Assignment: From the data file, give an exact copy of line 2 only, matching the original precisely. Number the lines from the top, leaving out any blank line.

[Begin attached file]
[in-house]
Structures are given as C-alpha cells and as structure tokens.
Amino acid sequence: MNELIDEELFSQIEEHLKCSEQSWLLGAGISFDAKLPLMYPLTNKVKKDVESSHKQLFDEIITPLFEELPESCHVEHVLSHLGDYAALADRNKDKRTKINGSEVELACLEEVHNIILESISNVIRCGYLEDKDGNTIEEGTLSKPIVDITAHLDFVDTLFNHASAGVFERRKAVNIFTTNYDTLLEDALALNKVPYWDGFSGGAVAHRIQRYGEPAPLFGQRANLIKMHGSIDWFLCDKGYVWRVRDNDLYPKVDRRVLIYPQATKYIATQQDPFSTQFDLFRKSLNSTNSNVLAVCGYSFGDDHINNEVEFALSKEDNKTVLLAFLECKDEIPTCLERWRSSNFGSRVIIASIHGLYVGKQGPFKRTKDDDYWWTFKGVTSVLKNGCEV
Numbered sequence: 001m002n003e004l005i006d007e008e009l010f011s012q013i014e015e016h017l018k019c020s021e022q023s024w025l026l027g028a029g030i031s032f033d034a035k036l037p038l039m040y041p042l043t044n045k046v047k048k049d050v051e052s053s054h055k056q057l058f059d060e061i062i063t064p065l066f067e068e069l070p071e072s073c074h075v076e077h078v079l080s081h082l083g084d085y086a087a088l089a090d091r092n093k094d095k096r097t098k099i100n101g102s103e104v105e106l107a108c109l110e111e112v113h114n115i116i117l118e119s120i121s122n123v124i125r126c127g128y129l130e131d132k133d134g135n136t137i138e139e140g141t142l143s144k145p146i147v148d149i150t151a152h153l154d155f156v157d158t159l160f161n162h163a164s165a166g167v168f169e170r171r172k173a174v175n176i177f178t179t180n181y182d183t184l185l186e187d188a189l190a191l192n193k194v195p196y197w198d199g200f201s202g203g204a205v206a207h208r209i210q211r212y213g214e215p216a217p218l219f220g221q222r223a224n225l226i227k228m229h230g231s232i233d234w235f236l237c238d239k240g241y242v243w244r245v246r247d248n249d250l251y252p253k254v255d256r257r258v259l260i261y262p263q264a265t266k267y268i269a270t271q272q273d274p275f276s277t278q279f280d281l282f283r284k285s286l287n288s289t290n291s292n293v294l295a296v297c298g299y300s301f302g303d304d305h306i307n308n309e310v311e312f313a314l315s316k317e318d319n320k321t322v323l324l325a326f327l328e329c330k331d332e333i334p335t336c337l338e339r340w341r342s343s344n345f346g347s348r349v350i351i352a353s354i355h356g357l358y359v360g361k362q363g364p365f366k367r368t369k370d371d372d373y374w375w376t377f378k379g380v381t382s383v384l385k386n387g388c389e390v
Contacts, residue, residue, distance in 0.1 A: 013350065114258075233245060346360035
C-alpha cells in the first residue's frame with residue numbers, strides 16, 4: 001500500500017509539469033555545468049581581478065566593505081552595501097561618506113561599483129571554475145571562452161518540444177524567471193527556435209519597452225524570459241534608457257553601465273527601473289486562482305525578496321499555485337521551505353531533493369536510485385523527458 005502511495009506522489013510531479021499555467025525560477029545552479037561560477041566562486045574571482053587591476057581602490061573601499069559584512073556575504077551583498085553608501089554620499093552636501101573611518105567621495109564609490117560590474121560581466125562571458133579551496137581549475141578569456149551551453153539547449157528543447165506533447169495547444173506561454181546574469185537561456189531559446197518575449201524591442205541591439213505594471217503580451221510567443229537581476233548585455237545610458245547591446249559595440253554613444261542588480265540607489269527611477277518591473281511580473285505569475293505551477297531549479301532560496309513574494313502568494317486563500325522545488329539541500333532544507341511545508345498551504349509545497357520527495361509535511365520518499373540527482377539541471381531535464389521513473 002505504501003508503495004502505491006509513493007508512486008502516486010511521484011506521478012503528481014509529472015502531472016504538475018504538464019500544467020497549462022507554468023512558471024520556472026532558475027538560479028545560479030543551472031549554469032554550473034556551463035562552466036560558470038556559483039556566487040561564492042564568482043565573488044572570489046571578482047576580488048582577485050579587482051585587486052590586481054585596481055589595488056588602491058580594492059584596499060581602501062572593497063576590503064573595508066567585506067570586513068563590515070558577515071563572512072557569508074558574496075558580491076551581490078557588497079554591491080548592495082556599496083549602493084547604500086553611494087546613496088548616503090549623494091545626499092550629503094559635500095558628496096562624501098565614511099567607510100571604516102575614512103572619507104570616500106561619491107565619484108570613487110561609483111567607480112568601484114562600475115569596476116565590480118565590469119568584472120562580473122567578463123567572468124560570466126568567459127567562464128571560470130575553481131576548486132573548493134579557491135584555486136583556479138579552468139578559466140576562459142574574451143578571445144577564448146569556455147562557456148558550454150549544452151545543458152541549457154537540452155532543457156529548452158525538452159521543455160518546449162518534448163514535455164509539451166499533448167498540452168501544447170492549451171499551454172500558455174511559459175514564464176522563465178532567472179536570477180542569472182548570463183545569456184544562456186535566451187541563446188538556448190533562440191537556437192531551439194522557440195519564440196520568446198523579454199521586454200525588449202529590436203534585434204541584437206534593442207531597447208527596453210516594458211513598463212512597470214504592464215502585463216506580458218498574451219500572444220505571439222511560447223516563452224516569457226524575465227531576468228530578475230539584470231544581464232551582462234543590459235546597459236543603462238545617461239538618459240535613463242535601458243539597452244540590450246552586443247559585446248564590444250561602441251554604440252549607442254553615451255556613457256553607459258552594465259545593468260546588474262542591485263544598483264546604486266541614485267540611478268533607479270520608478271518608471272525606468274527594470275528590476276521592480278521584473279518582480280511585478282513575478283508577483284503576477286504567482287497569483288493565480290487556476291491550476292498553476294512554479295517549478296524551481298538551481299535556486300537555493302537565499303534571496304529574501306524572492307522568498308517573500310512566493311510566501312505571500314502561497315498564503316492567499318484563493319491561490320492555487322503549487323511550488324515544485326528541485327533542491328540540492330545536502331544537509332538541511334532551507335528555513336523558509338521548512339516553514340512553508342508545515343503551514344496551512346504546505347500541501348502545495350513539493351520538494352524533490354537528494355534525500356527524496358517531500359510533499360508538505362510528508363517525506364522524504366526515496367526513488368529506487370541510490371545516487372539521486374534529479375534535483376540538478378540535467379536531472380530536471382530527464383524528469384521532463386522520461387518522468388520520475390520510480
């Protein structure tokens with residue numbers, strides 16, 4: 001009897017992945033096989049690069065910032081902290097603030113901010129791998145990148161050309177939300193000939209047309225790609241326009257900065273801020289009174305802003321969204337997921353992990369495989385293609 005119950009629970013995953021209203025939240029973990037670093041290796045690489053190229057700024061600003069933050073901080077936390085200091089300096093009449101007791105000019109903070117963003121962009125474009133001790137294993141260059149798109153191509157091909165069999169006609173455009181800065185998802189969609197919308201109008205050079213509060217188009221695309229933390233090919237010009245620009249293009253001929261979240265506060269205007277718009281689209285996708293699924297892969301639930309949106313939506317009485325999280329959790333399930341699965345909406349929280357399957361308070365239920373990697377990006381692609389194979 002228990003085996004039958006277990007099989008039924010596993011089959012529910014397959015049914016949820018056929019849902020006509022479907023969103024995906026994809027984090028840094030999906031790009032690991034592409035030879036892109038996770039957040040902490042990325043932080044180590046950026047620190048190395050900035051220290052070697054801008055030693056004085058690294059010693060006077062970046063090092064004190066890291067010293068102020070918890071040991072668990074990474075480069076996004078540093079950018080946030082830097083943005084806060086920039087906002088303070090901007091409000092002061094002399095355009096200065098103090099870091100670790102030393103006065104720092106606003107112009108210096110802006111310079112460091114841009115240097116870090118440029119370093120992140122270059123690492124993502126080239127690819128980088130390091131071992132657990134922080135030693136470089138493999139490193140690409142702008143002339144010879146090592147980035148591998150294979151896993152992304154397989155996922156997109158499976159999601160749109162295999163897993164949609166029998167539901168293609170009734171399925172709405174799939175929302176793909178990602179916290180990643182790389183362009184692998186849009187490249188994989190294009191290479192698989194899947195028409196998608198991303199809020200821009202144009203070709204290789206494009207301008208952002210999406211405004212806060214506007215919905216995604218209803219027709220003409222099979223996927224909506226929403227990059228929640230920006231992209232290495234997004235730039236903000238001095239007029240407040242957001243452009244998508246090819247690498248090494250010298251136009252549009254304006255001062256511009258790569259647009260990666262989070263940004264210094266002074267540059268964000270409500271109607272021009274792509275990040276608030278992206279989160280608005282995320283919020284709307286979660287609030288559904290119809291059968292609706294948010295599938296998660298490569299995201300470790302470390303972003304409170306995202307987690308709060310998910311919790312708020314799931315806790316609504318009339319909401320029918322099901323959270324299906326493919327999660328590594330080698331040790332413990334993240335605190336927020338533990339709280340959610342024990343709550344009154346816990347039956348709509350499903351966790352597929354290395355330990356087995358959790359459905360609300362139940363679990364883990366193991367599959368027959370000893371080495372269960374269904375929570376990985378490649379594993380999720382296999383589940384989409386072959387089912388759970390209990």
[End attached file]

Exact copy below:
Structures are given as C-alpha cells and as structure tokens.